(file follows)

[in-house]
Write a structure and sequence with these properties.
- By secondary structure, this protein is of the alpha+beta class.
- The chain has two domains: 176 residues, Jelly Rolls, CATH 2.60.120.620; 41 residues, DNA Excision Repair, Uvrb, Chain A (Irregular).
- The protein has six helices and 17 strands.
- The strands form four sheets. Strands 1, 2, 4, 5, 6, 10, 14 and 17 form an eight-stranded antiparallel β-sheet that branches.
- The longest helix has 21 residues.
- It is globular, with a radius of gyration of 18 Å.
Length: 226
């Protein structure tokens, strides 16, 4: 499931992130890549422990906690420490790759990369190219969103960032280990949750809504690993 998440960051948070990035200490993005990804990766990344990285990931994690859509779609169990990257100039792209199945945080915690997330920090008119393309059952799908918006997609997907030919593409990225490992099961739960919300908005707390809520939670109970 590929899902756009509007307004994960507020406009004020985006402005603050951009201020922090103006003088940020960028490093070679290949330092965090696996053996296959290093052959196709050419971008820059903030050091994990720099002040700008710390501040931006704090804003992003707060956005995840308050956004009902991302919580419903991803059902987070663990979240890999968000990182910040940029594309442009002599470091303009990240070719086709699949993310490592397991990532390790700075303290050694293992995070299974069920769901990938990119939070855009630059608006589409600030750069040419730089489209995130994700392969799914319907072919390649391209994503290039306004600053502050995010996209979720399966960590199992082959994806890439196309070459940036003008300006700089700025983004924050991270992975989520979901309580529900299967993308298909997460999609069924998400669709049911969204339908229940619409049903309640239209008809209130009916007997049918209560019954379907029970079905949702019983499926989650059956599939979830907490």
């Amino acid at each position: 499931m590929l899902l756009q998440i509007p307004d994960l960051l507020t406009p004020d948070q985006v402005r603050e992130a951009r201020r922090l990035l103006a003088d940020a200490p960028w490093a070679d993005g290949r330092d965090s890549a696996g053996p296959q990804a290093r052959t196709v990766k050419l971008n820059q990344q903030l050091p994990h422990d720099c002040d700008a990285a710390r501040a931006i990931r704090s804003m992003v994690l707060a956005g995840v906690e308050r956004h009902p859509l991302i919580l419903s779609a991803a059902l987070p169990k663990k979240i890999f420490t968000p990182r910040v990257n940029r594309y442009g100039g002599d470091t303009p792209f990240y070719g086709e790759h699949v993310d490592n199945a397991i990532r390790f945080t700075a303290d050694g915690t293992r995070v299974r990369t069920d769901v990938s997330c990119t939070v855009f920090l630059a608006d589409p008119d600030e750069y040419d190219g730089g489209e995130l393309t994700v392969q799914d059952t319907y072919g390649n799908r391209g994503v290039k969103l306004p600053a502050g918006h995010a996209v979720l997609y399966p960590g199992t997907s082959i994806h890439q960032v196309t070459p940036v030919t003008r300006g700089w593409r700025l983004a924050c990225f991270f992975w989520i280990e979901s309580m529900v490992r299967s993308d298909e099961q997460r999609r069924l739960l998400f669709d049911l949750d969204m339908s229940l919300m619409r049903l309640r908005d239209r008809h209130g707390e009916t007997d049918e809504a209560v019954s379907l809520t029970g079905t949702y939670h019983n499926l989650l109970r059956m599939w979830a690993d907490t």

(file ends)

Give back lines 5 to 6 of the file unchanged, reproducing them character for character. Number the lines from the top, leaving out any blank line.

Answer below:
- The protein has six helices and 17 strands.
- The strands form four sheets. Strands 1, 2, 4, 5, 6, 10, 14 and 17 form an eight-stranded antiparallel β-sheet that branches.